Following a large salmonella outbreak from raw chicken that made national headlines, Foster Farms invested $75 million in a multi-step program designed to reduce salmonella at each stage of the production process. Yet, one advocacy group is putting pressure on the company to do more.
In July, the Centers for Disease Control and Prevention (CDC) confirmed that Foster Farms has made progress in reducing salmonella to less than 5% from an industry average of 25% for raw poultry parts. As result of the progress, the CDC confirmed on July 31 the salmonella outbreak associated with raw chicken had ended.
“Foster Farms has implemented and continues to utilize multiple interventions to reduce Salmonella throughout its entire poultry production process,” stated the CDC. “This strategy includes interventions at the breeder level, at hatcheries, at grow-out farms, and at the processing plant where the final product is packaged. Supported by data from continuous testing by Foster Farms, these interventions have reduced Salmonella prevalence to less than five percent in the Foster Farms establishments linked to this outbreak. Food Safety and Inspection Service (FSIS) has determined that process control measures undertaken by the firm to consistently minimize salmonella contamination of raw chicken have been successful.”
Still, a New York environmental advocacy group, Natural Resources Defense Council (NRDC), is concerned with the company’s continuous pattern of food safety violations.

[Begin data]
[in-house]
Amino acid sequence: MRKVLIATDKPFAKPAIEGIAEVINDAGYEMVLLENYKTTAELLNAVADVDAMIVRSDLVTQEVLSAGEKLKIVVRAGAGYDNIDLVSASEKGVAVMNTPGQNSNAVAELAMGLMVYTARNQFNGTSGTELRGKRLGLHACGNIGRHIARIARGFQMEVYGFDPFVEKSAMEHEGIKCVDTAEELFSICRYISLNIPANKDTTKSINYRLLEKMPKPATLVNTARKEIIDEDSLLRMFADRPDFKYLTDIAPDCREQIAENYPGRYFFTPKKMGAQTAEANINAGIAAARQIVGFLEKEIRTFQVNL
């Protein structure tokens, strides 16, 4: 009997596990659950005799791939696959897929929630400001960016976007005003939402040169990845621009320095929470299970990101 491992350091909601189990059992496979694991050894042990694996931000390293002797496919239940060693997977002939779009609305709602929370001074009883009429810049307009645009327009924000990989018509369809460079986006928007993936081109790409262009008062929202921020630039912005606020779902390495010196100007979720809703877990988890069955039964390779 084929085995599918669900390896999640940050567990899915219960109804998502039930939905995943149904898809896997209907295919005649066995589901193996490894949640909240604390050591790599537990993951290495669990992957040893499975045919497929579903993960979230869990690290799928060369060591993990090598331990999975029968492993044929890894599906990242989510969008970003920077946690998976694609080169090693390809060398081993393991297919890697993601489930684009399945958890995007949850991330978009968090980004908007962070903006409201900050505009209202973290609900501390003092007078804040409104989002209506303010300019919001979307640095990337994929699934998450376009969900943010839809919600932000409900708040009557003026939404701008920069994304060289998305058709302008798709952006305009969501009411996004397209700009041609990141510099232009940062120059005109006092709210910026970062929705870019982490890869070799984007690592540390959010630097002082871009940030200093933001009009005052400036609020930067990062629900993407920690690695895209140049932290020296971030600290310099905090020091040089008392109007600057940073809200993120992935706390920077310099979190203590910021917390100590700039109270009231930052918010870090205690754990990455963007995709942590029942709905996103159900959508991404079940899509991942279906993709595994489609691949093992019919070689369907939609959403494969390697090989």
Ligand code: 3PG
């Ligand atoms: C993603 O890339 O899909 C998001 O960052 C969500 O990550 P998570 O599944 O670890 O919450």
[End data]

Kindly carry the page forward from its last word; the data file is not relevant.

NRDC posted multiple pages of FSIS violation from September 2013 through March 2014 – obtained through a Freedom of Information request- at the Foster Farms plants on its website.
The goal was to show the link of the violations to the large scale outbreak of salmonella strains that the group claims was antibiotic resistant.
NRDC actively campaigns to reduce antibiotic use in livestock and petitioned this week the U.S. Second Circuit Court of Appeals to reconsider its July decision that the U.S. food and Drug Administration (FDA) does not have to consider a ban on use of non-therapeutic antibiotics in livestock.
In a prepared company statement, Foster Farms outlined its standards for responsible use of antibiotics.
“As with any food animal raised for consumption, the risk of disease cannot be fully eliminated. We believe there is a role for the judicious use of antibiotics in the treatment of flock illness should that be necessary, which helps ensure human health, animal health and animal welfare,” stated the company. “Foster Farms prioritizes antibiotics that are approved by the FDA for disease treatment and prevention in poultry.”
The company does not use growth promoting antibiotics and it administrates antibiotics, in accordance to veterinary consultation, to treat sick birds. Furthermore, when antibiotics are administrated all recommended withdrawal times are followed prior to processing.